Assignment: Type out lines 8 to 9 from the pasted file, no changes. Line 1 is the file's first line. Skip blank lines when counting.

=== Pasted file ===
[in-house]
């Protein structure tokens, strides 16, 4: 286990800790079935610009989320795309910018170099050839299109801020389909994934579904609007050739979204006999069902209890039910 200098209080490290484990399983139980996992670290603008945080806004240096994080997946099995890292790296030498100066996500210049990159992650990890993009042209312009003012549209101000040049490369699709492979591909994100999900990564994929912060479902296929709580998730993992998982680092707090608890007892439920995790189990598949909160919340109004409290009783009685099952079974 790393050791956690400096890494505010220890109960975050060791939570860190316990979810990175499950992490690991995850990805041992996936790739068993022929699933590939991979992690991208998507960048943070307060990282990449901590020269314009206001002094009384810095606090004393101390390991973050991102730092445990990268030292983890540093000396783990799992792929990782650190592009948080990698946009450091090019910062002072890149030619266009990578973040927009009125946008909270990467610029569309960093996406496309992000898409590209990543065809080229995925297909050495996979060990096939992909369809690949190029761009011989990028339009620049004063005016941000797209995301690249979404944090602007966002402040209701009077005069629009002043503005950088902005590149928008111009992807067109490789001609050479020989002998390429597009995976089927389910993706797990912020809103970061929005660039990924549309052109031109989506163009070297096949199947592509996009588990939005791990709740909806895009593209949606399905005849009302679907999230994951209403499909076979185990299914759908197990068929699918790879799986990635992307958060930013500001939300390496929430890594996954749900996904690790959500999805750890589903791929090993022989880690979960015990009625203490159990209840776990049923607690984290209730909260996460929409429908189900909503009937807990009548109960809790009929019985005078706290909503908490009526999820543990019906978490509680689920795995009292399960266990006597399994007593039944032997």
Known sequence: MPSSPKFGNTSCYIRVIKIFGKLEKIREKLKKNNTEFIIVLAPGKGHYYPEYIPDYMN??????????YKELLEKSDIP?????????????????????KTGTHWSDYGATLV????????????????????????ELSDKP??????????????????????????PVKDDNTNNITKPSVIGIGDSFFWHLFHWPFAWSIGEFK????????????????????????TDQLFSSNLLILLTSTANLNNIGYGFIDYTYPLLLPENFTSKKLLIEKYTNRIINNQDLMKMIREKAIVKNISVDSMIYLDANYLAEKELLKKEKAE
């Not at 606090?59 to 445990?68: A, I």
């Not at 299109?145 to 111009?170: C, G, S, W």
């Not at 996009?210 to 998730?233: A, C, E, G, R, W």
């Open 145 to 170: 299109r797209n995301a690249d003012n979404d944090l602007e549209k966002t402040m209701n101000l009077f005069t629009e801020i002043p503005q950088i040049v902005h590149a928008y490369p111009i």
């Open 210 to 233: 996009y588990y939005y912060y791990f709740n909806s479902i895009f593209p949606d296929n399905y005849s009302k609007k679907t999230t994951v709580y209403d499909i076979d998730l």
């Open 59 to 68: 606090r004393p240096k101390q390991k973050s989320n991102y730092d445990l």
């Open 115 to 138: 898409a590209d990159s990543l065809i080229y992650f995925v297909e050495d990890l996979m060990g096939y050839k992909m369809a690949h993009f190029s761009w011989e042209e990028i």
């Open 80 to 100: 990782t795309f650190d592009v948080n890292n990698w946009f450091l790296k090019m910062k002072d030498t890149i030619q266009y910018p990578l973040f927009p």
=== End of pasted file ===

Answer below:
């Open 210 to 233: 996009y588990y939005y912060y791990f709740n909806s479902i895009f593209p949606d296929n399905y005849s009302k609007k679907t999230t994951v709580y209403d499909i076979d998730l």
């Open 59 to 68: 606090r004393p240096k101390q390991k973050s989320n991102y730092d445990l």